Here are some statistics I found interesting…  (the numbers first, and then some analysis)

NorthWest Valley, Including Surprise, Peoria, Glendale.  Single Family, Detached Homes only.  Sold homes.  All data provided by ARMLS and is deemed accurate but not guaranteed.

 Jun 03Jun 09Definition
Minimum46,48816,000Lowest Price Sale
Quartile 1126,50092,00025% of sales are lower than this number; 75% are higher
Median149,000135,00050% of sales are lower; 50% are higher
Quartile 3190,000187,50075% of sales are lower; 25% are higher
Maximum1,200,0001,185,000Highest Price Sale
Count9701,191Number of homes sold during period
Total $166.4 mil180.3 milTotal dollar amount of all sales during period
Avg CDOM55.8112.9Average number of days on the market
Avg $/sale171,546151,385Average Sales Price
Sold / List98.50%98.50%Sold Price as a percentage of List Price


## The upper sales prices are very similar to 2003.  Today’s median price is 10% lower, but the 3rd Quartile & Maximum Sale Price are almost identical.  This seems to mean that the upper half of the market is similar to 2003.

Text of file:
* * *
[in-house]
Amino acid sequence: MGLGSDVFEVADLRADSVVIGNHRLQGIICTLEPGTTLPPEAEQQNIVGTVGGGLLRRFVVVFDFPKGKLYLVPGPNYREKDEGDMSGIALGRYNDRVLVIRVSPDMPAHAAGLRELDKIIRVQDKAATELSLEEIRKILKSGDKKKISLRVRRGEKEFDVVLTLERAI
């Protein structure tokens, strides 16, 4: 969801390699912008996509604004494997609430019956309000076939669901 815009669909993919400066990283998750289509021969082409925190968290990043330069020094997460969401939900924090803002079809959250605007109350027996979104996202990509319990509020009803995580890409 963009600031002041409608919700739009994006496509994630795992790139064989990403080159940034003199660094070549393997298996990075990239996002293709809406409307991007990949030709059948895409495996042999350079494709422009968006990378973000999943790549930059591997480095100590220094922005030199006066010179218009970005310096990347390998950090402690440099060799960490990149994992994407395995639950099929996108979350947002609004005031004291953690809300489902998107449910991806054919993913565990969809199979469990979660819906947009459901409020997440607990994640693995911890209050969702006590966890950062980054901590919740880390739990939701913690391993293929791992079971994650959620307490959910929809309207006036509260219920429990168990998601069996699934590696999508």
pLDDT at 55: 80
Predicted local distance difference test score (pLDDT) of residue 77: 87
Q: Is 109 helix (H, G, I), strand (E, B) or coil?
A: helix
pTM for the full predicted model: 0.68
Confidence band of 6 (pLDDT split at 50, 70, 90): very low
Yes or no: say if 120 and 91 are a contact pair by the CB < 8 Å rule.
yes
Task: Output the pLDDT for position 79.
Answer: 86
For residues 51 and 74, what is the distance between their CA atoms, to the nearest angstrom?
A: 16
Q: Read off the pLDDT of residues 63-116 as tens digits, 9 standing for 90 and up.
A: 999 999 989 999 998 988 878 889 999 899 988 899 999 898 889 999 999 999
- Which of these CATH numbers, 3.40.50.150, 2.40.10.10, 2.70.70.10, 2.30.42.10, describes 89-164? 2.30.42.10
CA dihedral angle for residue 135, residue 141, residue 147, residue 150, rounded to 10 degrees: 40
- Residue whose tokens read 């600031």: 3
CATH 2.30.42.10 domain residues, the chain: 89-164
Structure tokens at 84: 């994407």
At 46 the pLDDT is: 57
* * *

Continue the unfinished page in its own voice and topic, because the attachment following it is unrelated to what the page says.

## The Sold Price as a percentage of List Price is Identical!!  Wow.  Couldn’t guess it’s a bad market by looking at that number..

## We sold 23% MORE homes last month than in June, 2003.  Again, that’s not the sign of a bad market.

## We’ve all read about the banks’ activity driving the market; this must be at the lower half, where the changes from 2003 are more pronounced.  The Minimum and 1st Quartile are significantly lower this year, meaning there are far more small-dollar sales happening.

## This is validated by the smaller Average Sales Price; more activity at the lower prices.  Today’s average is much closer to the median.

## From first-hand experience in the field, we know that low-priced homes in this part of the valley are selling quickly – many times with multiple offers above List Price on the first weekend.

## If the Average time on the Market is approx. 4 months, and we know the low-priced homes are selling quickly, then the more expensive homes must be sitting on the market for much longer.  This means the upper price ranges are NOT the same as they were in 2003.